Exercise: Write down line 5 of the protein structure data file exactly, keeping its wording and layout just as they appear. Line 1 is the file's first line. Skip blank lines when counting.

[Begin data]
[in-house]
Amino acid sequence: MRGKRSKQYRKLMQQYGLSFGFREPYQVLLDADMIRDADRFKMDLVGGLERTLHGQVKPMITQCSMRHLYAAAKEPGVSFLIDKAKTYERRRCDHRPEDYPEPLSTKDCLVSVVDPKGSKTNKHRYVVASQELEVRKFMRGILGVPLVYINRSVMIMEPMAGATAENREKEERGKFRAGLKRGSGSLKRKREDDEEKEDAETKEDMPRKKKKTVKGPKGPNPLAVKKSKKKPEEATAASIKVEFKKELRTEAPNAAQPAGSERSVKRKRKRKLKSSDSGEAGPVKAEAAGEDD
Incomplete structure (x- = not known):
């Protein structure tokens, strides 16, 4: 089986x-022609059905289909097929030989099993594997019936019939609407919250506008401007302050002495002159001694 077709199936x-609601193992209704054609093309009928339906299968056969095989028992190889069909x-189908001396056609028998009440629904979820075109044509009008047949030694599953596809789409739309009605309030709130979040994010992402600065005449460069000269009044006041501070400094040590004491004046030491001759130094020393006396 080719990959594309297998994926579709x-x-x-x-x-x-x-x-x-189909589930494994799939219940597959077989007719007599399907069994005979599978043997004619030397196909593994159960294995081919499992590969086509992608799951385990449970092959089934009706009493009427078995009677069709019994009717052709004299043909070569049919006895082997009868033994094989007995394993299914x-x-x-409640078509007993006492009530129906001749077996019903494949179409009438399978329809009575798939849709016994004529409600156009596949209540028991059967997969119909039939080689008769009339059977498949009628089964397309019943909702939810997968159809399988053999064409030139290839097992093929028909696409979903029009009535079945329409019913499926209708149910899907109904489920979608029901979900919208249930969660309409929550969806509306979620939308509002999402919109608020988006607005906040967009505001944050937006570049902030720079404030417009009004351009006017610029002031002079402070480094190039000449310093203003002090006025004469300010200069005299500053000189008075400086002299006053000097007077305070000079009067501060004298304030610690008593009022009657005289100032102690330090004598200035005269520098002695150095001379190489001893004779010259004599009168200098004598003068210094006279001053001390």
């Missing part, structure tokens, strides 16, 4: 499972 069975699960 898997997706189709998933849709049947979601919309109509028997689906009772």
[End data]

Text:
């Missing part, structure tokens, strides 16, 4: 499972 069975699960 898997997706189709998933849709049947979601919309109509028997689906009772």